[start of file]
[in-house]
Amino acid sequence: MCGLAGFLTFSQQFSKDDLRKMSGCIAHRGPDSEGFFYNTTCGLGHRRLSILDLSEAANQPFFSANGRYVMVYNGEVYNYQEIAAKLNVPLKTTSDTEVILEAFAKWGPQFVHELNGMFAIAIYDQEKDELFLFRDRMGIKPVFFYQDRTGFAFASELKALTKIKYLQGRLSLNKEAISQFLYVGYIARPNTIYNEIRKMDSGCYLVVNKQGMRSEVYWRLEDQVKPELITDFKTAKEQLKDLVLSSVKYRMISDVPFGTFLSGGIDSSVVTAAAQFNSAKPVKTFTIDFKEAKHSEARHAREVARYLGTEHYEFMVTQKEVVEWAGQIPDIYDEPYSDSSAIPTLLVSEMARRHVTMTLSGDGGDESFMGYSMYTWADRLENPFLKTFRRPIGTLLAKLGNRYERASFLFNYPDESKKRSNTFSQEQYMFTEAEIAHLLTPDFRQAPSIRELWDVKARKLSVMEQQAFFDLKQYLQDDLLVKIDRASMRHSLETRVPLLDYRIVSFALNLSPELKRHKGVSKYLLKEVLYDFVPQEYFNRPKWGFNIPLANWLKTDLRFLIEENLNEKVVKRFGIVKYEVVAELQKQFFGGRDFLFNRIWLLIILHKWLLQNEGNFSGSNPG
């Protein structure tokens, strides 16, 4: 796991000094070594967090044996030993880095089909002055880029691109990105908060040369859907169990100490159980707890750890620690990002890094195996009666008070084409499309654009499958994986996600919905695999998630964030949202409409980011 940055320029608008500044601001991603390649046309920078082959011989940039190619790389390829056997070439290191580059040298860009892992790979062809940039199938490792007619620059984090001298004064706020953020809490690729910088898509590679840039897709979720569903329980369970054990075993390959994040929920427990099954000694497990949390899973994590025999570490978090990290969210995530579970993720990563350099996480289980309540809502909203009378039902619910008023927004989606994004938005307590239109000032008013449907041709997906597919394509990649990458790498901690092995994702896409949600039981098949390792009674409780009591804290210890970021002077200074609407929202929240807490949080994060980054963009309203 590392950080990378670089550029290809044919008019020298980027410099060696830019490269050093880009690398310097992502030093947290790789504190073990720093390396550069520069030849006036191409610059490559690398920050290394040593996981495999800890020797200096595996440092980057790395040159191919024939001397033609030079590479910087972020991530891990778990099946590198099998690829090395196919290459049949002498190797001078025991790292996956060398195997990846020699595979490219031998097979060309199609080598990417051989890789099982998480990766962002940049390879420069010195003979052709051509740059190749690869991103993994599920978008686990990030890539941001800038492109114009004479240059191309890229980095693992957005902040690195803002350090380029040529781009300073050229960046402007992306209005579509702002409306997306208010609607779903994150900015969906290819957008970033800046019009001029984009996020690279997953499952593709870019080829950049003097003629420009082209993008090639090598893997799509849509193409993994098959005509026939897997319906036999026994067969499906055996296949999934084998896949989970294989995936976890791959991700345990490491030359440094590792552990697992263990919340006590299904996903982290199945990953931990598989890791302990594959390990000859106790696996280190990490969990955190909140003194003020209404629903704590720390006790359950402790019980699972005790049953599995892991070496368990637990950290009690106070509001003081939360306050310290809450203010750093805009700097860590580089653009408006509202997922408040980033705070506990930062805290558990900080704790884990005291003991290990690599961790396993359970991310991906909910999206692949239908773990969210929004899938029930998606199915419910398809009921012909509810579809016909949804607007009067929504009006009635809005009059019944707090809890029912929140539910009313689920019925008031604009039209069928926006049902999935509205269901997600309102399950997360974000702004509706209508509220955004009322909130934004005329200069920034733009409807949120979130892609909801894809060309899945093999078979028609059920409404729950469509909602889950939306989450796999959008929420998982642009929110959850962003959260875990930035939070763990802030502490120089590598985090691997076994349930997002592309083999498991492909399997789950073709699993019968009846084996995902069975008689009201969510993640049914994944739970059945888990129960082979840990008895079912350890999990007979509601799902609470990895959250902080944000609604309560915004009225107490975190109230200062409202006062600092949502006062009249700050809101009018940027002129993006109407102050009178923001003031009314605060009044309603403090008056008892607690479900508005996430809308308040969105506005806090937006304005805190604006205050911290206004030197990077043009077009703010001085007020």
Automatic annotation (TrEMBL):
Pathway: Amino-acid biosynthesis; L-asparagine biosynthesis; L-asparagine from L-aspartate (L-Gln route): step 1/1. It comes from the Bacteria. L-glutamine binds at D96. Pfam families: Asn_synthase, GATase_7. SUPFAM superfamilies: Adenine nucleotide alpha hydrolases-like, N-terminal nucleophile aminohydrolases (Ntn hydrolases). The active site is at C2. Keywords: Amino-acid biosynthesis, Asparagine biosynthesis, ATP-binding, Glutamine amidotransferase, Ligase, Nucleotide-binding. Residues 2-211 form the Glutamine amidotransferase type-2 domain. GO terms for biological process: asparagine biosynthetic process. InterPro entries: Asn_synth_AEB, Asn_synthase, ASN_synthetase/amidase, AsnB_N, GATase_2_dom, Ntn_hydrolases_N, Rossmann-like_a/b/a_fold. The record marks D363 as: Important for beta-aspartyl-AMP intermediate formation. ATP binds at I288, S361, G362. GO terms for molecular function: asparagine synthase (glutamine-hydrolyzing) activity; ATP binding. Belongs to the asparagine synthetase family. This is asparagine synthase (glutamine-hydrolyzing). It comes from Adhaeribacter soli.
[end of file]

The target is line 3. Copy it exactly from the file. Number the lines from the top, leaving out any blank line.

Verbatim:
């Protein structure tokens, strides 16, 4: 796991000094070594967090044996030993880095089909002055880029691109990105908060040369859907169990100490159980707890750890620690990002890094195996009666008070084409499309654009499958994986996600919905695999998630964030949202409409980011 940055320029608008500044601001991603390649046309920078082959011989940039190619790389390829056997070439290191580059040298860009892992790979062809940039199938490792007619620059984090001298004064706020953020809490690729910088898509590679840039897709979720569903329980369970054990075993390959994040929920427990099954000694497990949390899973994590025999570490978090990290969210995530579970993720990563350099996480289980309540809502909203009378039902619910008023927004989606994004938005307590239109000032008013449907041709997906597919394509990649990458790498901690092995994702896409949600039981098949390792009674409780009591804290210890970021002077200074609407929202929240807490949080994060980054963009309203 590392950080990378670089550029290809044919008019020298980027410099060696830019490269050093880009690398310097992502030093947290790789504190073990720093390396550069520069030849006036191409610059490559690398920050290394040593996981495999800890020797200096595996440092980057790395040159191919024939001397033609030079590479910087972020991530891990778990099946590198099998690829090395196919290459049949002498190797001078025991790292996956060398195997990846020699595979490219031998097979060309199609080598990417051989890789099982998480990766962002940049390879420069010195003979052709051509740059190749690869991103993994599920978008686990990030890539941001800038492109114009004479240059191309890229980095693992957005902040690195803002350090380029040529781009300073050229960046402007992306209005579509702002409306997306208010609607779903994150900015969906290819957008970033800046019009001029984009996020690279997953499952593709870019080829950049003097003629420009082209993008090639090598893997799509849509193409993994098959005509026939897997319906036999026994067969499906055996296949999934084998896949989970294989995936976890791959991700345990490491030359440094590792552990697992263990919340006590299904996903982290199945990953931990598989890791302990594959390990000859106790696996280190990490969990955190909140003194003020209404629903704590720390006790359950402790019980699972005790049953599995892991070496368990637990950290009690106070509001003081939360306050310290809450203010750093805009700097860590580089653009408006509202997922408040980033705070506990930062805290558990900080704790884990005291003991290990690599961790396993359970991310991906909910999206692949239908773990969210929004899938029930998606199915419910398809009921012909509810579809016909949804607007009067929504009006009635809005009059019944707090809890029912929140539910009313689920019925008031604009039209069928926006049902999935509205269901997600309102399950997360974000702004509706209508509220955004009322909130934004005329200069920034733009409807949120979130892609909801894809060309899945093999078979028609059920409404729950469509909602889950939306989450796999959008929420998982642009929110959850962003959260875990930035939070763990802030502490120089590598985090691997076994349930997002592309083999498991492909399997789950073709699993019968009846084996995902069975008689009201969510993640049914994944739970059945888990129960082979840990008895079912350890999990007979509601799902609470990895959250902080944000609604309560915004009225107490975190109230200062409202006062600092949502006062009249700050809101009018940027002129993006109407102050009178923001003031009314605060009044309603403090008056008892607690479900508005996430809308308040969105506005806090937006304005805190604006205050911290206004030197990077043009077009703010001085007020």